Coinbase Partners With World Economic Forum

Coinbase office. Photo courtesy of Shutterstock.

Coinbase is joining the liberal international order via a partnership with the World Economic Forum.

According to the WEF’s website, the cryptocurrency exchange is listed as a partner with the organization, alongside the Bank of China and BlackRock. Twitter sleuths in the cryptosphere first noticed the update, firing off comments about moving their crypto holdings from the centralized exchange into “cold storage,” AKA physical hard drives that carry an additional level of security for moving funds.

World Economic Forum website. Screenshot.

“Founded in June of 2012, Coinbase is a digital currency wallet and platform where merchants and consumers can transact with new digital currencies like bitcoin, ethereum, and litecoin. Coinbase’s vision is to bring more innovation, efficiency, and equality of opportunity to the world by building an open financial system,” writes the World Economic Forum.

Coinbase is not the only crypto partner of the World Economic Forum. The organization likewise lists Ripple, which focuses on cross-border payments via its native XRP token, as a partner, even as the company contends with a lawsuit led by the U.S. Securities Exchange Commission (SEC).

The World Economic Forum has taken both educational and critical tones to this emerging asset class. In a November white paper, an analyst writing on behalf of the organization argued that stablecoins do little to benefit financial inclusion.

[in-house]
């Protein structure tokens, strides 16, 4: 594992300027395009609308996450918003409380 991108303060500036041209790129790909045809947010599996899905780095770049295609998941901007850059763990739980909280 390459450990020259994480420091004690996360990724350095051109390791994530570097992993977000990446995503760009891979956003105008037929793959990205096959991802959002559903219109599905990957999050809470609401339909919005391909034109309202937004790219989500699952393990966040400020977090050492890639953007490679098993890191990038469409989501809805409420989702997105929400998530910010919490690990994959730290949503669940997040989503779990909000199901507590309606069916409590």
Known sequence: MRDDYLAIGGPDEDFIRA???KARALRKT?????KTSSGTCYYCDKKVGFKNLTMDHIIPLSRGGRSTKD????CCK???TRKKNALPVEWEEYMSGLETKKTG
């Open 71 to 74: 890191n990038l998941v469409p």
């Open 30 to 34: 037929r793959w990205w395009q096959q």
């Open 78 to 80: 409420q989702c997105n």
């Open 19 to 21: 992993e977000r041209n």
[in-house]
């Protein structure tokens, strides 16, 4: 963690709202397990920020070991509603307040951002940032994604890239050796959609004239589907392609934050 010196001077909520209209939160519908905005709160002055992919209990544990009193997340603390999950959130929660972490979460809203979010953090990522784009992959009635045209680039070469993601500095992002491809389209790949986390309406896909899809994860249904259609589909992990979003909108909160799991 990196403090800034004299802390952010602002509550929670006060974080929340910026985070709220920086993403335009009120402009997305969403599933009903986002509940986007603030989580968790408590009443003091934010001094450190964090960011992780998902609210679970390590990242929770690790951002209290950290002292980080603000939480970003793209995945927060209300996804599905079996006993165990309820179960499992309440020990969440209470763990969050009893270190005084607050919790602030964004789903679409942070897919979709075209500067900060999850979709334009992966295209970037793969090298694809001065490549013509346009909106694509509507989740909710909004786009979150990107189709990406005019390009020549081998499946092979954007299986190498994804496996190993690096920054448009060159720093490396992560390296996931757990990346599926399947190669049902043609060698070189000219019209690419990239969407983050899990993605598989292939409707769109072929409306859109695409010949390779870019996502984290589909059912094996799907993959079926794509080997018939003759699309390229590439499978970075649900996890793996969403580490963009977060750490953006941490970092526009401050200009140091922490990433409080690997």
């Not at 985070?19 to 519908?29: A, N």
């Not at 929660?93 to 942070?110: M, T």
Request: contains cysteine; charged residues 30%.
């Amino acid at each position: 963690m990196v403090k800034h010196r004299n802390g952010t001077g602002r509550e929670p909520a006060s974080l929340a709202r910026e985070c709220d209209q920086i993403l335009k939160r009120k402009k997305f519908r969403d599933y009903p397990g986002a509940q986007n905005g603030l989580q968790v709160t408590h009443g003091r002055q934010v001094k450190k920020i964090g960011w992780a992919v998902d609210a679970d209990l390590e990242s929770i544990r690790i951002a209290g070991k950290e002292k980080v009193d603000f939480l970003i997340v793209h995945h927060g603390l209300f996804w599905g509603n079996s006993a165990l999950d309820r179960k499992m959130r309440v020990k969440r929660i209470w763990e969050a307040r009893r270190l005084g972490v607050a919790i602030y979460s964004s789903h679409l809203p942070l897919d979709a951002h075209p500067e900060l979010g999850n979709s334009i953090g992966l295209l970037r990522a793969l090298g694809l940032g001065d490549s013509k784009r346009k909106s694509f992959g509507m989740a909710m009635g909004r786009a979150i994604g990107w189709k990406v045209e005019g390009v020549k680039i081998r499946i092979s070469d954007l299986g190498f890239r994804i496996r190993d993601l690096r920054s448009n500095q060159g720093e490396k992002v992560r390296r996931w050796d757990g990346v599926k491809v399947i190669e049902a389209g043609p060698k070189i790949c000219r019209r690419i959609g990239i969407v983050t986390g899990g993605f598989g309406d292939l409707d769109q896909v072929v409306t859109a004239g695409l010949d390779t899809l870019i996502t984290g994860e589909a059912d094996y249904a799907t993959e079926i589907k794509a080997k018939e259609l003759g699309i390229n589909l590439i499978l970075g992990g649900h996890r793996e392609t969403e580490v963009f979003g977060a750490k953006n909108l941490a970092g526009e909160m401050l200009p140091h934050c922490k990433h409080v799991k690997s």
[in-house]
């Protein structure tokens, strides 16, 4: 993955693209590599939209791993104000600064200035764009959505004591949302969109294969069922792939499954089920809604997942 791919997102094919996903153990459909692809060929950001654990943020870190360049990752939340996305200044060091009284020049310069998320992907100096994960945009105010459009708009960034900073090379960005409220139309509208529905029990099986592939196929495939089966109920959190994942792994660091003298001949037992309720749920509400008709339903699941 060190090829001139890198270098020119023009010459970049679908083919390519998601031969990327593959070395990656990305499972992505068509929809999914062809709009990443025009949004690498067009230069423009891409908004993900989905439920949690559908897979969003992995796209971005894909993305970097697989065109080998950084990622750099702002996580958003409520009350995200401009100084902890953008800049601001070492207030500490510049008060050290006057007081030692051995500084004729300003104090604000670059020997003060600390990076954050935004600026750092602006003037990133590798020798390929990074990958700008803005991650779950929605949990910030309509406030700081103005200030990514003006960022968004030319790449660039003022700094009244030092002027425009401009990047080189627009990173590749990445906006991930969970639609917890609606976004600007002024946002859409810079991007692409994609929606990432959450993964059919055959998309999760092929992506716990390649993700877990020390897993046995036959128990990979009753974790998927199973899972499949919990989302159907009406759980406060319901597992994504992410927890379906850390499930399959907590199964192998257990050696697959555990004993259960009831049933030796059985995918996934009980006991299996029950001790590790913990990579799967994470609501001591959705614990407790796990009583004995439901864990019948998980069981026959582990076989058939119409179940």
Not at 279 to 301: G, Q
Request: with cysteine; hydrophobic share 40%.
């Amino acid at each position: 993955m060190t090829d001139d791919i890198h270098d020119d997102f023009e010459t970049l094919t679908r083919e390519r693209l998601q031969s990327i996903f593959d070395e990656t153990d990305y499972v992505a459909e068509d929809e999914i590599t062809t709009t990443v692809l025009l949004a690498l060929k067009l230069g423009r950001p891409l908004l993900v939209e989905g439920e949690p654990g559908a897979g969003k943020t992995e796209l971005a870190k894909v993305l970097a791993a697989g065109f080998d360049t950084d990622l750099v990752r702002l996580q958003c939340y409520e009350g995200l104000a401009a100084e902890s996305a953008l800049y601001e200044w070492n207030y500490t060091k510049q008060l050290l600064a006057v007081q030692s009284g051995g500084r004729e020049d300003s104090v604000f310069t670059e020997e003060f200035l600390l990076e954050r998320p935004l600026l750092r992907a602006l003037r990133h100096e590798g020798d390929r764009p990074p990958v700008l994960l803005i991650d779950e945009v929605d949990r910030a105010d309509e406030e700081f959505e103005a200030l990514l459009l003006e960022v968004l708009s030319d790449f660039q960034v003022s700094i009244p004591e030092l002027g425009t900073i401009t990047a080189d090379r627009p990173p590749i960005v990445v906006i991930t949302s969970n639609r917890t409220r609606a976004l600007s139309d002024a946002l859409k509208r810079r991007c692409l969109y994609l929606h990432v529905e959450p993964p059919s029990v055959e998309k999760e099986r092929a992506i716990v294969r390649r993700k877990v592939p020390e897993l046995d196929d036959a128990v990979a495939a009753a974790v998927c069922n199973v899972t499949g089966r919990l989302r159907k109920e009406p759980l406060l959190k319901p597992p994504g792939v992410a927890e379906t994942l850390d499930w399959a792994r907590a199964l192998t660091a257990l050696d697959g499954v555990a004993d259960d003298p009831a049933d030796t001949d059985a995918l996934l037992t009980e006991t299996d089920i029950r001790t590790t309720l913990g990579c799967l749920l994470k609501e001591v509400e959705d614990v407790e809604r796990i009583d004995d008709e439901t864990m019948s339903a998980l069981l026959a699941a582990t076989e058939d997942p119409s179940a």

“Early research indicates that users of cryptocurrency currently tends to be young, educated, male individuals who are already experienced in digital finance,” said the organization’s report. “Unless the ecosystem focuses deliberately on building inclusive models at scale, this trend may continue and stablecoins may risk increasing inequality in financial services and technology access, rather than addressing it.”

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Update: The World Economic Forum has removed Coinbase from its partner list since this story was published on February 21, though via Wayback Machine the association can still be found. Paradox has reached out to both parties seeking clarity.